Periodontal disease-associated bacteria have been linked to adverse pregnancy outcomes. Important periodontal pathogens, such as P. gingivalis, F. nucleatum, and C. rectus, have been detected in human placentas of women with preterm delivery,29 preeclampsia,30 and in the amniotic fluid of women with premature labor31 or premature labor with intact membranes. 32–34 In fact, the human placenta harbors a mix of bacteria (microbiome) similar to the micro biome in an adult human’s mouth.35 Fetal exposure to periodontal pathogens from maternal oral biofilms also has been demonstrated by measuring fetal immunoglobulin M, which specifically reacts to P. gingivalis and C. rectus, suggesting adaptive immune responses developed by the fetus
against oral bacteremia from the mother.27,36

During pregnancy, the placenta invades and grows through support of the maternal uterine tissue. Because of its high vascularity, the placenta is able to exchange nutrients from the maternal tissue and carry it to the fetus via the umbilical cord. The fetus is in the amniotic fluid, surrounded by the amniotic sac. As the fetus continues to grow, there is less space and nutrients available for its growth. As pregnancy progresses, the levels of prosta glandin E2 and inflammatory cytokines, such as TNF-alpha and IL-1 beta, rise steadily until they induce the rupture of the amniotic sac and cause uterine contraction, cervical dilation, and normal delivery.37 Thus, the pathway of inflammatory signaling controls normal childbirth.

Increased vascular permeability during pregnancy may facilitate the systemic circulation of the pathogens and their toxic byproducts to the feto-placental unit. This type of bacterial challenge induces the release of inflammatory cytokines, which can result in premature rupture of the membrane and early intrauterine contractions. Consequently, placental infection/inflammation is a key pathogenesis feature of most pregnancy complications. Laboratory evidence suggests that placental cells develop inflammation when exposed to F. nucleatum and C. rectus.38 Moreover, evidence derived from animal experiments has demonstrated bacterial translocation, placental inflammation, increased fetal resorption (similar to miscarriage), and/or growth restriction in response to infection with oral pathogens.39–41

A large number of studies associate an increase in the levels of local and systemic markers of inflammation—such as CRP, IL-1Beta, IL-6, TNF-alpha, PGE3, fibronectin, and  alphafetoprotein—with adverse pregnancy outcomes. Besides preterm birth, elevated levels of CRP are also associated with intrauterine growth restriction42 and preeclampsia.43,44 Preeclampsia is associated with increases in maternal blood pressure, maternal proteinuria, and levels of pro-inflammatory cytokines.44 Increased levels of IL-6, CRP, and TNFalpha also interfere with insulin signaling and cause glucose intolerance that can result in gestational diabetes.45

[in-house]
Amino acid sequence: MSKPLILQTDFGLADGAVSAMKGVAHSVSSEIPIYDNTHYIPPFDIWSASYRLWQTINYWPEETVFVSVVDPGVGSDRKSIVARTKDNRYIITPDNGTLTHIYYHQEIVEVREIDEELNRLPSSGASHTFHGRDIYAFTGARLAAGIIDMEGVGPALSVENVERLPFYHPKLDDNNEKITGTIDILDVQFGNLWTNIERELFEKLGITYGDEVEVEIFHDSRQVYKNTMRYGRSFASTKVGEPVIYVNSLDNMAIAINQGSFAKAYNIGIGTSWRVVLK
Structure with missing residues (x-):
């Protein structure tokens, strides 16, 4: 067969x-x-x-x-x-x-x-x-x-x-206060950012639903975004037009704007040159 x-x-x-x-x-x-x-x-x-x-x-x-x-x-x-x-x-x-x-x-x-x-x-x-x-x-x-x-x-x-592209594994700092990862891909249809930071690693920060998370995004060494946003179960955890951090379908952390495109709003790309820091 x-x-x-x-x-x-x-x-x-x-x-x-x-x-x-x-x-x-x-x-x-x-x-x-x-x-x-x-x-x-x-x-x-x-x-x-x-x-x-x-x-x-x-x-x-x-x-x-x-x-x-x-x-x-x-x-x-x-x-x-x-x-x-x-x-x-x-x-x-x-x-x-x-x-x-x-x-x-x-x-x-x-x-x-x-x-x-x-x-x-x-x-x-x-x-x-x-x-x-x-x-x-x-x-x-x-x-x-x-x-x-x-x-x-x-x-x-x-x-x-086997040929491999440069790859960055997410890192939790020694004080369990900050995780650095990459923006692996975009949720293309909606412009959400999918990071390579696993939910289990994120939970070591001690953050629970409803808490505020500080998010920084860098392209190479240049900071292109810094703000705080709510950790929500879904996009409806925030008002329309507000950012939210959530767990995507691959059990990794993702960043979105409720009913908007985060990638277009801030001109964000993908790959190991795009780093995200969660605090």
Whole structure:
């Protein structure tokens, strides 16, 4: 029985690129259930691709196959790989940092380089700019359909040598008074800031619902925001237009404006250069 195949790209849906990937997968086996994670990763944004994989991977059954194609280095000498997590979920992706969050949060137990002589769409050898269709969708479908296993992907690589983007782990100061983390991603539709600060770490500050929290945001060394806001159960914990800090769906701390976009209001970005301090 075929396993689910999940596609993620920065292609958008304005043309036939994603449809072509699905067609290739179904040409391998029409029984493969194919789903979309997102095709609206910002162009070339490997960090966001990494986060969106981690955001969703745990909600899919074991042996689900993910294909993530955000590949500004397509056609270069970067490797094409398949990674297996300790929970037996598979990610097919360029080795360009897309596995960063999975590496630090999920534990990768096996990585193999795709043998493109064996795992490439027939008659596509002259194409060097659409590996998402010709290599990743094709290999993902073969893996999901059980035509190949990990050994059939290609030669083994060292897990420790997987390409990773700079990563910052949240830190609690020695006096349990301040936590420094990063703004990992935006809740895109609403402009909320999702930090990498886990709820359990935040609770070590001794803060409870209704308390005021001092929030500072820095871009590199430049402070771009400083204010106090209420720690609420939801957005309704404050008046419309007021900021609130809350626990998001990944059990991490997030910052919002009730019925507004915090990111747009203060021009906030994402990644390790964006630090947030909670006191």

Periodontal diseases are infectious diseases that occur at a distance from the feto-placental unit. As in any infection, there is an increase in the local inflammatory response against the bacteria and their virulence factors in the oral cavity. Eventually these cytokines, as well as the bacteria, can enter the blood circulation and disseminate throughout the body—triggering a systemic inflammatory response.39,46 A model explaining the possible association between periodontal disease and adverse pregnancy outcomes was recently proposed.27 According to this hypothetical model, periodontal diseases may take either a direct pathway, in which periodontal bacteria (and their virulence products) disseminate to the feto-placental unit where they initiate an ectopic infection and trigger a local inflammatory response that results in the elevation of inflammatory cytokines and mediators that contribute to pregnancy complications; or an indirect pathway, in which inflammatory cytokines and mediators produced at the gingival level enter the blood stream, leading to a systemic inflammatory response that reaches the feto-placental unit and triggers adverse pregnancy outcomes.

Abundant evidence from animal models and in vitro experiments support this hypothetical model. However, it remains unclear if the model applies to the association of periodontal disease and adverse pregnancy outcomes in humans (Figure 1).27


Encouraging prevention and minimizing oral diseases before and during pregnancy are key to reducing adverse pregnancy outcomes. The pregnancy period is a time when women are highly motivated to adopt healthy behaviors, providing an opportunity to emphasize the importance of effective oral self-care.47 Furthermore, women of low socioeconomic status are more likely to obtain dental care because of Medicaid insurance assistance that accompanies prenatal medical/dental coverage. This is of particular importance when approximately 40% of pregnant women have some form of periodontal disease.48 According to the Committee on Health Care for Underserved Women from the American College of Obstetricians and Gynecologists, 35% of American women reported not having a dental visit within 1 year and 56% of women do not visit a dentist during pregnancy.47

Oral health is an important component of general health and should be maintained during a woman’s lifespan, especially during pregnancy. Despite the lack of evidence for a